WASHINGTON — As Russian troops press ahead with a grinding campaign to seize eastern Ukraine, the nation’s ability to resist the onslaught depends more than ever on help from the United States and its allies — including a stealthy network of commandos and spies rushing to provide weapons, intelligence and training, according to U.S. and European officials.

Much of this work happens outside Ukraine, at bases in Germany, France and Britain, for example. But even as the Biden administration has declared it will not deploy U.S. troops to Ukraine, some CIA personnel have continued to operate in the country secretly, mostly in the capital, Kyiv, directing much of the massive amounts of intelligence the United States is sharing with Ukrainian forces, according to current and former officials.

At the same time, a few dozen commandos from other NATO countries, including Britain, France, Canada and Lithuania, also have been working inside Ukraine. The United States withdrew its own 150 military instructors before the war began in February, but commandos from these allies either remained or have gone in and out of the country since then, training and advising Ukrainian troops and providing an on-the-ground conduit for weapons and other aid, three U.S. officials said.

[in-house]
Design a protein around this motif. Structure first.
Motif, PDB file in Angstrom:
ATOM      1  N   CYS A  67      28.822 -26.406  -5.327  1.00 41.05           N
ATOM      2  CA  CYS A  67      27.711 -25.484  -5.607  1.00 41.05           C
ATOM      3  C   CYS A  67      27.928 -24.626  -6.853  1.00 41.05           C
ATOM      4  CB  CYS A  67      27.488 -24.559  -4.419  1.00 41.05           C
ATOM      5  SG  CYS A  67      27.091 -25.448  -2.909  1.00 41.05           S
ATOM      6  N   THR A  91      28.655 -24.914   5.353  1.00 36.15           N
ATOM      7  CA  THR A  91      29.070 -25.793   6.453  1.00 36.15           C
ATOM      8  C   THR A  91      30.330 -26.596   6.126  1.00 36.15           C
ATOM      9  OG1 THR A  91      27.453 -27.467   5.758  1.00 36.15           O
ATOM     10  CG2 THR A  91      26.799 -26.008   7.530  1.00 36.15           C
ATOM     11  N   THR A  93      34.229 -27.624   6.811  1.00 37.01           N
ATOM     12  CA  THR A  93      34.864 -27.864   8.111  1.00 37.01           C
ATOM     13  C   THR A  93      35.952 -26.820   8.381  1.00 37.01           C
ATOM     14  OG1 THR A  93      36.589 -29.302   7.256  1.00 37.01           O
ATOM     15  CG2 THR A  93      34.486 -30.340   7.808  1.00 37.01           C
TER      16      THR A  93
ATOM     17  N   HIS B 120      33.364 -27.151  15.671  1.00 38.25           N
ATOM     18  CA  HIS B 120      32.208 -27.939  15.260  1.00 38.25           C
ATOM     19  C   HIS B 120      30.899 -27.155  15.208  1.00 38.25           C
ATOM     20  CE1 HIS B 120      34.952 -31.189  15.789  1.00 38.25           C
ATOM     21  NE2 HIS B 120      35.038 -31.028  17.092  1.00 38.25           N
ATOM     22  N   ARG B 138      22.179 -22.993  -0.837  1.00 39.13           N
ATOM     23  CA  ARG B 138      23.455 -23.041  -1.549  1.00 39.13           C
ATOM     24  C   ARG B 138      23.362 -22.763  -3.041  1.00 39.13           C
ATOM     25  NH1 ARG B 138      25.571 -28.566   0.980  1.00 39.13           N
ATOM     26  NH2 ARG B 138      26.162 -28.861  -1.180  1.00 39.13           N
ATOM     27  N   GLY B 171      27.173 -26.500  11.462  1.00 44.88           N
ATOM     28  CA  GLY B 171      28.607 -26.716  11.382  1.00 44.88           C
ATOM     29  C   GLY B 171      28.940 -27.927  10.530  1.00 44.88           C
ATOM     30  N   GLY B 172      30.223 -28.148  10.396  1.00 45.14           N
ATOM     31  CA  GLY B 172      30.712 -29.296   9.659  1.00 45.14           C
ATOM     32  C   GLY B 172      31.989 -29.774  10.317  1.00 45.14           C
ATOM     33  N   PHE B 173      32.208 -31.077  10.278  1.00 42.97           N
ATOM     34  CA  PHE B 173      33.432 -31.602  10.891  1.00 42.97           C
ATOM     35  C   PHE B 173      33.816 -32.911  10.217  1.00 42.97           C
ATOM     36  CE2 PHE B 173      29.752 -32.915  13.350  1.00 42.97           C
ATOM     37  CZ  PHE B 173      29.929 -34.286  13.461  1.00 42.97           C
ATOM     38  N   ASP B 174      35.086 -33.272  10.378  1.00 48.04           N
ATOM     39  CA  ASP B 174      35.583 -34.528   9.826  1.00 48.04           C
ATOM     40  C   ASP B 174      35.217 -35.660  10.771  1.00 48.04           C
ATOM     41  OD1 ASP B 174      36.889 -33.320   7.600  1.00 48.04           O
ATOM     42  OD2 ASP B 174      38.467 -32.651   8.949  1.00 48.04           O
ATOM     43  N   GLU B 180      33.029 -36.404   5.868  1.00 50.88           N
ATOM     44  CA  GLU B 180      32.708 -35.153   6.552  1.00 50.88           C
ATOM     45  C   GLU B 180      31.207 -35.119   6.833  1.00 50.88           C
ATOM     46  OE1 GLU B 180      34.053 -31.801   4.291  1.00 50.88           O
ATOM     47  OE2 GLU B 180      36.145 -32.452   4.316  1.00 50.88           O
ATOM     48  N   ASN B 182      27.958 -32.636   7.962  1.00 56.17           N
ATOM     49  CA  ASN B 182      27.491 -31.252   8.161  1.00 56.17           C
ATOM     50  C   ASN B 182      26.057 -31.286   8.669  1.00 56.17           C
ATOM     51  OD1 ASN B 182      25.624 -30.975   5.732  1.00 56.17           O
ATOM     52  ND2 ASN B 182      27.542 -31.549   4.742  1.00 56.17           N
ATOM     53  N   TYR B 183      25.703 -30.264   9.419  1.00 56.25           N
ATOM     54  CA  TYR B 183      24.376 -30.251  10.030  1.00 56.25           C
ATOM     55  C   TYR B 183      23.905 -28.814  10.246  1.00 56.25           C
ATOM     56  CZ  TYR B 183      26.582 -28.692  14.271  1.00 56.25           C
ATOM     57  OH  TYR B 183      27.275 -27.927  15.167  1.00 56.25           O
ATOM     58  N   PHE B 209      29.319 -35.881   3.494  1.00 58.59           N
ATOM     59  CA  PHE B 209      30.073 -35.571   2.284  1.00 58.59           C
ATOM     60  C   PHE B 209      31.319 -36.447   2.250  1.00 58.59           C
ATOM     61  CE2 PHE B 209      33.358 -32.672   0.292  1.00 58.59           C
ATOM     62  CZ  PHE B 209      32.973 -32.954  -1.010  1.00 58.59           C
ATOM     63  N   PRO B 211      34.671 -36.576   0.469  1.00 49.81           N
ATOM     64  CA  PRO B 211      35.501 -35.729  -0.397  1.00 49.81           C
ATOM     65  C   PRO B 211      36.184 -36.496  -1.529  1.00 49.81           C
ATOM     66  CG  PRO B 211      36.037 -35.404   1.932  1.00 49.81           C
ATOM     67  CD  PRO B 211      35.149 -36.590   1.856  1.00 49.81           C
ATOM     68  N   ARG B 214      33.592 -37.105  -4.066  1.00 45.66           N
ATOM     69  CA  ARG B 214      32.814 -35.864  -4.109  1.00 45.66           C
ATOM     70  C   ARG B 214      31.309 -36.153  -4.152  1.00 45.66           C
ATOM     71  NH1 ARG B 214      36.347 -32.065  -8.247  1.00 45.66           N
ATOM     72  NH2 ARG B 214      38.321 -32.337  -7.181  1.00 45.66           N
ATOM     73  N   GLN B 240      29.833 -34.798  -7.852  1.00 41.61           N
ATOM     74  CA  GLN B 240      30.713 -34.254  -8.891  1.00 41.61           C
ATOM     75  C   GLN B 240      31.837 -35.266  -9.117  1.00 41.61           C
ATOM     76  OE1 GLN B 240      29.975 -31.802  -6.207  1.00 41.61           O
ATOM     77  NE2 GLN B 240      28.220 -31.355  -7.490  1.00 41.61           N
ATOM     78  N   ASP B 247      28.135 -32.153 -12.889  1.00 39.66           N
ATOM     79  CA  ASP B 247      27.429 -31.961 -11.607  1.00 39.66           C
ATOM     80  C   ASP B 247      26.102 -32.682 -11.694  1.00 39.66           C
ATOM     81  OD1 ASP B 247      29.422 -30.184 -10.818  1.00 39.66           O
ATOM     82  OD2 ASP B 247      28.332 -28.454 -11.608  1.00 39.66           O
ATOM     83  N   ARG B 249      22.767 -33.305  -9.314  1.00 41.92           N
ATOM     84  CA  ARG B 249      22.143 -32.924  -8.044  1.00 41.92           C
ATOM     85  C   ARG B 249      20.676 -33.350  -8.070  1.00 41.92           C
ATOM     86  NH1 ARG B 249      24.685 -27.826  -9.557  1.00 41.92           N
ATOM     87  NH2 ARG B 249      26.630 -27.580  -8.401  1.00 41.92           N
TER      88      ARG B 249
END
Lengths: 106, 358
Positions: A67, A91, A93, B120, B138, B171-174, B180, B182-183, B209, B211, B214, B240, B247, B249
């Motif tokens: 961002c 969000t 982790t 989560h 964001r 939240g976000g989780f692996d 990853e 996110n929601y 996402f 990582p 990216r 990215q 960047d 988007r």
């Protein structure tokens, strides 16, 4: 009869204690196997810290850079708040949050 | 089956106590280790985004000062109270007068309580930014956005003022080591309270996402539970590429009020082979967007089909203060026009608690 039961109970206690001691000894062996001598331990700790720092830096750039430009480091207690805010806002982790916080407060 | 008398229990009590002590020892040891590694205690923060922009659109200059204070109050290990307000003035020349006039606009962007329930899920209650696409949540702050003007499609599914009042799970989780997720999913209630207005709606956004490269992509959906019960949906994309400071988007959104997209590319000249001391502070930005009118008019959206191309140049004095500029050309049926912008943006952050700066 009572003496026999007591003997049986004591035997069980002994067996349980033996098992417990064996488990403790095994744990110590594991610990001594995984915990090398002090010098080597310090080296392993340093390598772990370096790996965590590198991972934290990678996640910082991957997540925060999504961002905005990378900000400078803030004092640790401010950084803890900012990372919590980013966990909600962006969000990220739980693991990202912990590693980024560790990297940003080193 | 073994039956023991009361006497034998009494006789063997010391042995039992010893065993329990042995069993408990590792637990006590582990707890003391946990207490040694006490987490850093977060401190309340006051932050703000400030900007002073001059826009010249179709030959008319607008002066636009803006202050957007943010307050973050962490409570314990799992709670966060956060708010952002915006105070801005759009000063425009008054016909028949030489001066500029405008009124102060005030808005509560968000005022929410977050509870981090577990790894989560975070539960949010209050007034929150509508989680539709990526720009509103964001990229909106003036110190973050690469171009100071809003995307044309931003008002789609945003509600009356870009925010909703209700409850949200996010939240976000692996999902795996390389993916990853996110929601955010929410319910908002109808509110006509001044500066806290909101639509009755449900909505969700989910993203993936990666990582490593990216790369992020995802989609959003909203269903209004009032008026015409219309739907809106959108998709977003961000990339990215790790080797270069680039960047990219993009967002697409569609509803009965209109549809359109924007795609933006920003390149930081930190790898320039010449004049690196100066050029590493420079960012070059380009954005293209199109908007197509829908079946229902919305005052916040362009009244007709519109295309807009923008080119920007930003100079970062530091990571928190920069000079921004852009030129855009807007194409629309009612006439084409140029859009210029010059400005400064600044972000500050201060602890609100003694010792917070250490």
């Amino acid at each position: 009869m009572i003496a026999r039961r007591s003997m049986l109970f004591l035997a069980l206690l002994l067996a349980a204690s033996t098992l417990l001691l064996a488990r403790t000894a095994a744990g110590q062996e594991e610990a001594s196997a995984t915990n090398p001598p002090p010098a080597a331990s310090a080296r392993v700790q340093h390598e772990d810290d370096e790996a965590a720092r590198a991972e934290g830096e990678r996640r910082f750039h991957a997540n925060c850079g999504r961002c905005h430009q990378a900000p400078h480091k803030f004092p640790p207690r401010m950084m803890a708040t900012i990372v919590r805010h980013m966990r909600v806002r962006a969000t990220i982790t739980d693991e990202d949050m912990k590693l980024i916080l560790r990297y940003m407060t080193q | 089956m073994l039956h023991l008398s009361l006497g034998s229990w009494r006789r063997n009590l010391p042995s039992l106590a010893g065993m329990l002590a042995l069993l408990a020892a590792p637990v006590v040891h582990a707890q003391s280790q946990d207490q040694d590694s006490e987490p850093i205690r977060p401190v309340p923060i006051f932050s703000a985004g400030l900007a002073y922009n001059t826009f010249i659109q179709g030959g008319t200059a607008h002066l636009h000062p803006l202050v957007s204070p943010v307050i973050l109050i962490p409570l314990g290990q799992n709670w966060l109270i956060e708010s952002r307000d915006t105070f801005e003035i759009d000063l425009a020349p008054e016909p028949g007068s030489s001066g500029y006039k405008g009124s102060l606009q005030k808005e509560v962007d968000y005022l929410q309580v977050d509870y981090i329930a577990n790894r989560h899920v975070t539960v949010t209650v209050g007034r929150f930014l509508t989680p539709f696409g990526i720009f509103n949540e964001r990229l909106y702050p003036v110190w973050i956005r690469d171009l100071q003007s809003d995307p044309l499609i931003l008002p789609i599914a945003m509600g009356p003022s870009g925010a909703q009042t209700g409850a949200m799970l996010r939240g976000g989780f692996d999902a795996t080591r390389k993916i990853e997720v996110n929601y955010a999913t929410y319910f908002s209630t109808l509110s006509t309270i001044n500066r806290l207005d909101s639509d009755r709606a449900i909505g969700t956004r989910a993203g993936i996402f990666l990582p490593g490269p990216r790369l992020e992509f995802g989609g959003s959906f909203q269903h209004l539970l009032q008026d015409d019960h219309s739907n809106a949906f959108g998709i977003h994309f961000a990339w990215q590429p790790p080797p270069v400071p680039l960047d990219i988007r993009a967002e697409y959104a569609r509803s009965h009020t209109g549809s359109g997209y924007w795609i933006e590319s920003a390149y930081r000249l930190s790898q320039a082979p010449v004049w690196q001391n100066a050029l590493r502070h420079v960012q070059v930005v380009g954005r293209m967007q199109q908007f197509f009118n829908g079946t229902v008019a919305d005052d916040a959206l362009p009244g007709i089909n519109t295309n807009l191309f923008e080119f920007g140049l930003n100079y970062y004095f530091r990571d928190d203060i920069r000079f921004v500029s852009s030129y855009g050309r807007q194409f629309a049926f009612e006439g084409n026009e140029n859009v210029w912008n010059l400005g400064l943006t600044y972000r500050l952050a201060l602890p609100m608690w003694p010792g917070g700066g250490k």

Few other details have emerged about what the CIA personnel or the commandos are doing, but their presence in the country — on top of the diplomatic staff who returned after Russia gave up its siege of Kyiv — hints at the scale of the secretive effort to assist Ukraine that is underway and the risks that Washington and its allies are taking.

Ukraine remains outgunned, and on Saturday, Russian forces unleashed a barrage of missiles on targets across the country, including in areas in the north and west that have been largely spared in recent weeks. President Joe Biden and allied leaders are expected to discuss additional support for Ukraine at a meeting of the Group of 7 industrialized nations that begins in Germany on Sunday and at a NATO summit in Spain later in the week.

More about Russia’s war on Ukraine

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Shortly after Russia invaded Ukraine in February, the Army’s 10th Special Forces Group, which before the war had been training Ukrainian commandos at a base in the country’s west, quietly established a coalition planning cell in Germany to coordinate military assistance to Ukrainian commandos and other Ukrainian troops. The cell has now grown to 20 nations.